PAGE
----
« ForrigeFortsett »
evidence was introduced upon the defend-, petent, regardless of its logical force, in acant's cross-examination, the question pre- cordance with practical considerations. Our sented upon this appeal is not whether the determination of the question of the admisevidence is relevant or material, but wheth- sibility of the earlier plea regarded as a er it is competent, and I think we are agreed confession or admission must depend primathat the same considerations govern its com- rily, not upon the possible logical probative petency, regardless of the point in the pro- force of the evidence, but rather upon whethceedings at which it was introduced. It can er the favor extended to the accused of withnot tend to discredit or contradict the de- drawing his previous plea did not, by necfendant in his denial of guilt unless it was essary implication, include the favor that he competent as evidence to show a previous ad- was to be restored to the same position as mission or confession of guilt.
if the plea had never been offered. We may not upon this appeal question We must assume that the court did not whether the trial judge has properly exer- abuse its discretion in granting the favor but cised his discretion. He has permitted the held the scales' of justice even. If the court withdrawal of the plea' of guilty, and there was convinced beyond question or doubt of by effectively destroyed it as part of a judi- the guilt of the accused and of the fact that cial record upon which judgment might be the confession of guilt was made with intenentered. Concededly the withdrawn plea is tion and understanding, reason to permit the no longer conclusive, but it is said that the withdrawal of the plea fails. When the perfavor, which the court has accorded the de- mission is granted, the court necessarily de. fendant under the power expressly conferred cides that there shall be an actual trial of upon it, does not destroy such logical proba- the guilt of the accused, because there is tive force as might reasonably be given to doubt of whether the plea was made with previous admission or confession, and the understanding and intent to confess a crime withdrawn plea is therefore admissible in which the accused had actually committed. evidence, to be given such force and effect The court acts to protect an accused who as the jury may determine it has under all has perhaps made an untrue confession. the circumstances. I may concede that a May the confession which the court has de confession, even though withdrawn, may un- cided it should not act upon thereafter be der certain circumstances have logical proba- used as evidence, even though not conclusive, tive force. The plea of guilty solemnly de- of the defendant's guilt? If made without livered in open courtrecorded in the understanding and intention to confess acpresence of a conscientious and painstaking tual guilt, it does not tend to establish guilt. judge, is a confession of guilt, and “confes- If made with such understanding and intension was always regarded as the highest tion, its logical probative force is so great kind of conviction" (People ex rel. Hubert that it would seem almost playing with v. Kaiser, 150 App. Div. 541, 135 N. Y. S. words to say that it is not controlling. 274; affirmed 206 N. Y. 46, 99 N. E. 195); There is no third hypothesis; no ground for but the same court which in this case has giving the confession lesser force. The de taken the plea has, in the exercise of its dis- fendant testified in this case that the plea cretion, destroyed its force as a plea. I may was based upon his mistake, and he never concede that the fiat of the state, uttered intended to plead guilty. His testimony was by court or Legislature, cannot give logical not denied, and probably could not have been probative force to evidence which lacks such denied even if untrue. To some extent surforce or destroy the probative force which rounding circumstances corroborated him. evidence may logically have. In the domain The plea was withdrawn promptly when & of pure reason, the sovereignty of the state probation officer told him that he had pleadis not recognized. The admissibility of evi- ed guilty. Though the judge who took the dence is not, however, determined solely by plea held the explanation constituted suffiits possible logical results. The courts have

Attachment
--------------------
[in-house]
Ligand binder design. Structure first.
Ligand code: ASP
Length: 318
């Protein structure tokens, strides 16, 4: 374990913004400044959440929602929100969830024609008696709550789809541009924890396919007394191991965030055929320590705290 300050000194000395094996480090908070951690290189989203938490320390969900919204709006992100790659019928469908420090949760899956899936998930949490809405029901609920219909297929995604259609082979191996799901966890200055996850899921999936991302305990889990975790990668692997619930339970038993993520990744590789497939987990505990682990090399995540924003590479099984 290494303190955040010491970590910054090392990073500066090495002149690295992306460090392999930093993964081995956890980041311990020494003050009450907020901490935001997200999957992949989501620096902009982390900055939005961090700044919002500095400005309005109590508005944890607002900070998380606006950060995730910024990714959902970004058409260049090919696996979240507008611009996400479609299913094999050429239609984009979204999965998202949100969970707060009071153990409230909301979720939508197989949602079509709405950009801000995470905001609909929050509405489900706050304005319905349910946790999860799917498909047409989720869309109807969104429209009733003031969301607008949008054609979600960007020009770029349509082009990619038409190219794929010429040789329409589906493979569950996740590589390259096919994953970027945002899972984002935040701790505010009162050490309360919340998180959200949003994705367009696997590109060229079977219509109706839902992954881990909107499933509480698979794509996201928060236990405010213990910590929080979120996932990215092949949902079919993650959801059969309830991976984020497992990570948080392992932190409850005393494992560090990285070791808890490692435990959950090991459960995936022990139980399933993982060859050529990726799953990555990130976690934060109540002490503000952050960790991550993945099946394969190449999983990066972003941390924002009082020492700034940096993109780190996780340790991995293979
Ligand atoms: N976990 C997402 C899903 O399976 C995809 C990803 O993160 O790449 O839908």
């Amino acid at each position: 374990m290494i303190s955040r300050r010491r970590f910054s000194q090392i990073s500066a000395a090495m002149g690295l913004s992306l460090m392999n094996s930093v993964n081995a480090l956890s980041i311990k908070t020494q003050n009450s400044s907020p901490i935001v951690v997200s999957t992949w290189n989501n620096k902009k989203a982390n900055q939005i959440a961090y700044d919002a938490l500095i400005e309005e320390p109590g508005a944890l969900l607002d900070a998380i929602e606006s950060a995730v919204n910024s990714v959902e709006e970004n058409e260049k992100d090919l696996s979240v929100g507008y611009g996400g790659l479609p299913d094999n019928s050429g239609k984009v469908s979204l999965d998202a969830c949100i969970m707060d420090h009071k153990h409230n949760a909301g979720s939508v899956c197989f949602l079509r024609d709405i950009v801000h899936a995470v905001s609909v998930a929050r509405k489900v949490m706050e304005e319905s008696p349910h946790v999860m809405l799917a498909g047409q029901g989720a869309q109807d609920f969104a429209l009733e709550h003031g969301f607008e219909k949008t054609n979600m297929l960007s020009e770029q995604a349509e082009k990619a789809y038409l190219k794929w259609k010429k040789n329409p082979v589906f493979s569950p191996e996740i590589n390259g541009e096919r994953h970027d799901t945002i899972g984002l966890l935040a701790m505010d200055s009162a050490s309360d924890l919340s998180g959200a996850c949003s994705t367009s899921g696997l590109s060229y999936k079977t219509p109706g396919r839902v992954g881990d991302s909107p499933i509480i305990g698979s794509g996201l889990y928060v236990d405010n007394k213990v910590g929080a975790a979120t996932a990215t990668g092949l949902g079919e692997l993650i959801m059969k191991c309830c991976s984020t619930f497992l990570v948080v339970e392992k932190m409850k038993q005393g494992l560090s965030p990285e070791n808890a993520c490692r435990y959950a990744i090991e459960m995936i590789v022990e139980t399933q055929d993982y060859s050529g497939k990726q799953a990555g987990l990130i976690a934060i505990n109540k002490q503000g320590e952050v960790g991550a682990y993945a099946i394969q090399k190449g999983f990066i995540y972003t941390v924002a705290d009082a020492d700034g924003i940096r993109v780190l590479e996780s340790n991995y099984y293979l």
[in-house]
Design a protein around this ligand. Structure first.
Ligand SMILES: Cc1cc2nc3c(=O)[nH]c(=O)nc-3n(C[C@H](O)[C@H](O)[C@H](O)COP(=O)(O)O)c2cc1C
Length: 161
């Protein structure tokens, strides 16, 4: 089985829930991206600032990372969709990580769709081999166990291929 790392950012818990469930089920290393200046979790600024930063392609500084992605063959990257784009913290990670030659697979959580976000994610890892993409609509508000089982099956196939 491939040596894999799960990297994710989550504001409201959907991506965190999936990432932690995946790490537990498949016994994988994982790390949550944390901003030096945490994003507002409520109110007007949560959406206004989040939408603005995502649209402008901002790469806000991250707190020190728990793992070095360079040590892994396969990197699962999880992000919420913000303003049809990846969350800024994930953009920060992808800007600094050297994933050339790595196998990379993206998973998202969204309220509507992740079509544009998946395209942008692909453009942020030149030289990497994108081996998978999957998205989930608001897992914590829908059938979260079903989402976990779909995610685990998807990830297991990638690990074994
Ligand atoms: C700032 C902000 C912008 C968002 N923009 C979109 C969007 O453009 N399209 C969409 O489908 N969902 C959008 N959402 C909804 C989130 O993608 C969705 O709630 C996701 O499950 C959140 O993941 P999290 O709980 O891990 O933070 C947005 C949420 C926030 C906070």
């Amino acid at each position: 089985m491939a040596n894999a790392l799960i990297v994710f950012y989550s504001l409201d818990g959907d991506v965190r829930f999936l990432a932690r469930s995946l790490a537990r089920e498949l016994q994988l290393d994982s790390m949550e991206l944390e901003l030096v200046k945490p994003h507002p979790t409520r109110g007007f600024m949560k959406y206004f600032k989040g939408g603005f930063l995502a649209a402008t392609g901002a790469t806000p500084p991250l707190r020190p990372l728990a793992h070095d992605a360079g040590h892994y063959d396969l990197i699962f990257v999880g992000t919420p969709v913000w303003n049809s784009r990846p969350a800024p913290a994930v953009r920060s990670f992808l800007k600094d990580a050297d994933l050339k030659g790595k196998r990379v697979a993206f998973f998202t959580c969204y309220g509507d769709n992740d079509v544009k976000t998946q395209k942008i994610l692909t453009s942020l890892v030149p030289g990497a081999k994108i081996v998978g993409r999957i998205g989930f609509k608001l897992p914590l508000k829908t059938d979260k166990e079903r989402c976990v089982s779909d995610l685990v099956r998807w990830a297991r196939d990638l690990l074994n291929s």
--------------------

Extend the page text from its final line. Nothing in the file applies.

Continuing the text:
cient ground for permission to withdraw the evolved, and the Legislatures have created, plea, the jury was permitted to speculate as rules of evidence by which classes of evi- to whether the plea was made with underdence are excluded, though in particular in- standing and intention.
In spite of the stances the evidence might have logical pro- charge of the trial judge that the accused bative force, when it appears that in general was entitled to the presumption of innocence. such evidence is too unreliable to form any the admission of the previous plea, which basis for a conclusion, or tends unduly to placed upon the defendant the burden of confuse or prejudice the jury, or when its explanation, effectively destroys the preproduction would contravene some consider- sumption. The favor of permission to withation, real or assumed, of public policy. In draw a plea, which it is claimed is not a its own tribunals, the state may decide what true confession, is of little value if the withkind of evidence may be excluded as incom- drawn plea may be used to nullify the sub